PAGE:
Sunday, June 29, 2008

more product placement (not on the chamois)

So in my previous post about awesome liquid/semi-viscous products, I mentioned Nutalla. Cyclists seem to love to talk about Nutella. I sure do.

But I got to thinking, is Nutella's appeal, particularly among cyclists, overrated? I mean, cyclists often swear by things that don't seem like such a good idea at first, like wearing things like bib-shorts or styrofoam on our heads. On the other hand, cyclists often swear by things that don't make any sense, like tall socks Belgium knee warmers (the embrocation, not the website). So why do cyclists love Nutella?

1) It seems healthy.
It's like, made of nuts, right. Well, sort of. But look at the ingredients. It's not good for you. Which can also be said for competitive cycling. Sure, cycling in moderation is great low-impact exercise. Cycling competitively has to be bad for you. Your heart rate shouldn't be at maximum for that long unless you are actually escaping from a life threatening situation. Your lungs should not cough up that much crap for that many days after a race. You should not regularly get goosebumps in the middle of the summertime. You should not have patches of roadrash on your skin. You should not have patches of roadrash on your skin that are interrupted by newer roadrash. Also, it sucks away all of our money and alienates us from non-cycling friends. Nevertheless, it is still fun, even if it's not good for us. Similarly, Nutella makes us feel like we're doing something that's good for us, even if we know better.

2) Nuts. Chocolate. Two great tastes that taste great together.
At least it beats waking the streets eating a jar of peanut butter.

3) It's so Euro.
Nutella is from Europe. France, I think. Nutella is from Europe, therefore it is great. Okay, no. But somehow, the "Euro" tag on something gives it an air of cosmopolitan classiness, especially if that something is essentially childish. Nutella is, after all, is just chocolate paste, with a tiny bit of nuts, that you put on whatever to make it a delightful treat. Smear Nutella on a baguette, or a pretzel, pour a glass of wine, and civilized adults will say "cheers". But I dare anyone to take some Hershey's syrup and dump it on some bread and try to serve it to guests. Guests over the age of 8. It's not a fancy dessert, it's just something a kid would do. Same goes for cycling. Cycling is essentially a youthful endeavor that we want to continue to think is legitimate. And just like Tintin comics and techno music, we think that since Europeans do it into adulthood, well then it's okay. This isn't to say that either cycling or Nutella are dumb--they're both great. The point is, it's okay to do things that kids like to do, like riding bikes with tiny wheels or eating chocolate for dinner, even if the Europeans don't. (As a side note, living in North Carolina has made me realize that for many people, the opposite is true: anything resembling something European is automatically inferior.)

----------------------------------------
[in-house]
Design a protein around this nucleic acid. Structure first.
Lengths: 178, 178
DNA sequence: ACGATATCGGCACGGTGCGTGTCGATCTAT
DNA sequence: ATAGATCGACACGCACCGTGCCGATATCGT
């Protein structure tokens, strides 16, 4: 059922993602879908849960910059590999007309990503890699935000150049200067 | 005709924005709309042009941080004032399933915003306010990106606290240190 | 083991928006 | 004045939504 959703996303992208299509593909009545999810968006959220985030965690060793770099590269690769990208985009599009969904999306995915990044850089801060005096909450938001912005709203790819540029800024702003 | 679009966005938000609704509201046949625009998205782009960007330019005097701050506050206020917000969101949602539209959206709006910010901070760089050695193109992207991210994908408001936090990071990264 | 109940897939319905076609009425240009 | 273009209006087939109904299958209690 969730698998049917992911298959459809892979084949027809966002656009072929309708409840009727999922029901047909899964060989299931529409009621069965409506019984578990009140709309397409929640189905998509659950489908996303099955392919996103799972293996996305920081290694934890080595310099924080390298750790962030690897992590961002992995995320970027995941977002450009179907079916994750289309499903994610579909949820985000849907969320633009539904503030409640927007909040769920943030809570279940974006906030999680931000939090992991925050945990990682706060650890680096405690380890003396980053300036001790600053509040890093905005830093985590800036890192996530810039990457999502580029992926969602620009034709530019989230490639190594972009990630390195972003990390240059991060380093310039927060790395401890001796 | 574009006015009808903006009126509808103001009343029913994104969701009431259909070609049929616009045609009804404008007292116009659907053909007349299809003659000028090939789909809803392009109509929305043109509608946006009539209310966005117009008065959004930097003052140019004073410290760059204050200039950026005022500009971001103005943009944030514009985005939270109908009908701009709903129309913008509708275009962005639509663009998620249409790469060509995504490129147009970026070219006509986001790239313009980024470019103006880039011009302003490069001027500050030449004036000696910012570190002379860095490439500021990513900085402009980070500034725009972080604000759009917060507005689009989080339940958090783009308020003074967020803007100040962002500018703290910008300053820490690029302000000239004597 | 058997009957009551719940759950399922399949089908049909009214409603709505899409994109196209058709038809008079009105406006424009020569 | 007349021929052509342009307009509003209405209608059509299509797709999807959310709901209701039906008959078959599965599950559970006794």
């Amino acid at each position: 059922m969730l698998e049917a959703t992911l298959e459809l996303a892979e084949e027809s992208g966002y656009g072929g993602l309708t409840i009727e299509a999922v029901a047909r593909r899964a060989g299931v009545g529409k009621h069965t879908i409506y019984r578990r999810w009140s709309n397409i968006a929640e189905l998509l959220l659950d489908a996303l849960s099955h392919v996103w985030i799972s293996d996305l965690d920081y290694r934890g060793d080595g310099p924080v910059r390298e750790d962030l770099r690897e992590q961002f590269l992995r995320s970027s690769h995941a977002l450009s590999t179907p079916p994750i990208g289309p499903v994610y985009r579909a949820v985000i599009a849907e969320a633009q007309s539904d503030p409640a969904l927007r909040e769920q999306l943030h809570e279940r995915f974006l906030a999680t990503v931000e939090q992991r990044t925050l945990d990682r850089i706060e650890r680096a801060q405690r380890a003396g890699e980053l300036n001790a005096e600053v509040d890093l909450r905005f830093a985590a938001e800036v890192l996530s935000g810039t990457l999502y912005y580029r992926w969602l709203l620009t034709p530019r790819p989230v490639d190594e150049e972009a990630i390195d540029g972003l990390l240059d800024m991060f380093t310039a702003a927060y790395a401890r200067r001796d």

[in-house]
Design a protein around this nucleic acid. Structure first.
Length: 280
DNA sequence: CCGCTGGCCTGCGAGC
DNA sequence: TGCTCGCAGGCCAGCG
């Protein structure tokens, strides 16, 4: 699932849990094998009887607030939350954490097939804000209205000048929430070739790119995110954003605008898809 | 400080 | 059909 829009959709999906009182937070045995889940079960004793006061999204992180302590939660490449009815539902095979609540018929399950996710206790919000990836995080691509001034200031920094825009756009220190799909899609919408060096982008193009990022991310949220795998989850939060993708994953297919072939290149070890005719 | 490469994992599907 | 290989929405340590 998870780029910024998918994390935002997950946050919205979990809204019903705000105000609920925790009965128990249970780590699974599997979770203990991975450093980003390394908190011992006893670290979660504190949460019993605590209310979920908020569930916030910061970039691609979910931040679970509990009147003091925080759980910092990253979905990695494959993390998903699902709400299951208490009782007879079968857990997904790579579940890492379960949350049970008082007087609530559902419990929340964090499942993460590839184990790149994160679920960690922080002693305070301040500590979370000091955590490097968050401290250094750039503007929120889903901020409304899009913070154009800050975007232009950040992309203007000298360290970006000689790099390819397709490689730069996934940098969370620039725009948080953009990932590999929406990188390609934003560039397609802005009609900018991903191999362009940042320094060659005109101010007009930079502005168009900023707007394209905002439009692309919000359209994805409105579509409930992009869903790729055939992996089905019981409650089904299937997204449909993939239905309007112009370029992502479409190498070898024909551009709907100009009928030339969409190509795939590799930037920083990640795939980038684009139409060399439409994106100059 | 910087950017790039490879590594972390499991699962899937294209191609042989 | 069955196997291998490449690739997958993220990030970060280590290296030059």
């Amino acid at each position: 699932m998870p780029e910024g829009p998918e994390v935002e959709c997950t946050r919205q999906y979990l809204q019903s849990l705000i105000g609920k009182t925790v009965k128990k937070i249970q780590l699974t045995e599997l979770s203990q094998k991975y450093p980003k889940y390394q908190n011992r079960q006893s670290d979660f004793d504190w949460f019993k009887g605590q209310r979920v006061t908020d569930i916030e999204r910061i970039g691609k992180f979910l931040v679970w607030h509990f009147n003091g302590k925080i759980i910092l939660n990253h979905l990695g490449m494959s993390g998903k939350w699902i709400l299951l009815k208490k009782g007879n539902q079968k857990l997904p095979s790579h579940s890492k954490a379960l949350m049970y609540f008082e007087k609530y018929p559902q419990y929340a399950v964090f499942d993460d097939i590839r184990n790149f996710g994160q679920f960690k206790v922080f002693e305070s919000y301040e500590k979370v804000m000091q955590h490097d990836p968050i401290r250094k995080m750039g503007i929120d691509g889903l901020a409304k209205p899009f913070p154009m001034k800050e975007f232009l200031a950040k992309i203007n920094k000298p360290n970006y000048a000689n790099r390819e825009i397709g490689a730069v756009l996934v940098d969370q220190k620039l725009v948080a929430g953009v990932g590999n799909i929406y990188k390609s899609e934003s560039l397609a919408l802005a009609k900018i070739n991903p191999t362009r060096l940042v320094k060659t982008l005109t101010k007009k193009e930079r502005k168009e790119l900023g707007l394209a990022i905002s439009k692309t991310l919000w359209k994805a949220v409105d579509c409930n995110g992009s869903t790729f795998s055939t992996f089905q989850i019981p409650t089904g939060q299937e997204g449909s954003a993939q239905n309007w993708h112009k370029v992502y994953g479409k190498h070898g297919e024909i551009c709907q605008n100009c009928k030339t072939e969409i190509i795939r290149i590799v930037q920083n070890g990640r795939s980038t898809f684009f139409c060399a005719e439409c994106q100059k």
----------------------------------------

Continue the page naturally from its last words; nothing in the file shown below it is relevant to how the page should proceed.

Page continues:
And so just because something is European, does that make it better? Some friends recently returned from Germany and bought me these:

Now you're probably thinking exactly what I thought: Super Dickmann's gimmie. (Unless you're an English major, then your first thought might have been: what does the possessive apostrophe indicate?) This isn't just chocolate, it's German chocolate. With marshmallow filling. And some sort of cookie crust. According to television commercials (except for channels advertising programs on the History Channel), German engineering is top notch.

So, based on that logic, choose the correct S.A.T. analogy:

Little Debbie's Oatmeal Pies are to Super Dickmann's like:
a) Food Lion parking lot is to the Autobahn
b) Winger are to the Scorpions
c) Milhouse is to Uter
d) Ford Focuses (Foci?) are to BMWs

And so what are Super Dickmann's like? (Apparently, they also make Mini Dickmann's.) In reality, they are almost exactly like Nabisco Pinwheels (apparently now called Mallowmars), but with a slightly better cookie and a slightly creamier marshmallow filling (think Kraft Marshmallow Creme). Thus, the answer to the analogy question was:
e) Lance Armstrong is to Jan Ullrich
Both are formidable competitors, very similar in performance despite slightly different marketing, and both chock full of artificial ingredients. Zing.

So for your homework assignment, go talk to your friends and neighbors and if you can find anyone at the Little Debbie Corporation that would like to sponsor our team (or just sponsor me as a product ambassador), please contact us.


Dave said...

So true, european = automatically inferior 'round here. It must be rubbing off on me as I found myself castigating JD for dropping the metric system on me the other day, very euro. said...

nutella for president.

oatmeal creme pies for vice president.

co2cycle said...

Correction: Original post said "Ford Probes" instead of "Ford Focuses". The author regrets this error.

DukePirate said...

Original post said "Ford Probes" instead of "Ford Focuses".

You could have also just said "coolest car eva" and everyone would have known what you meant.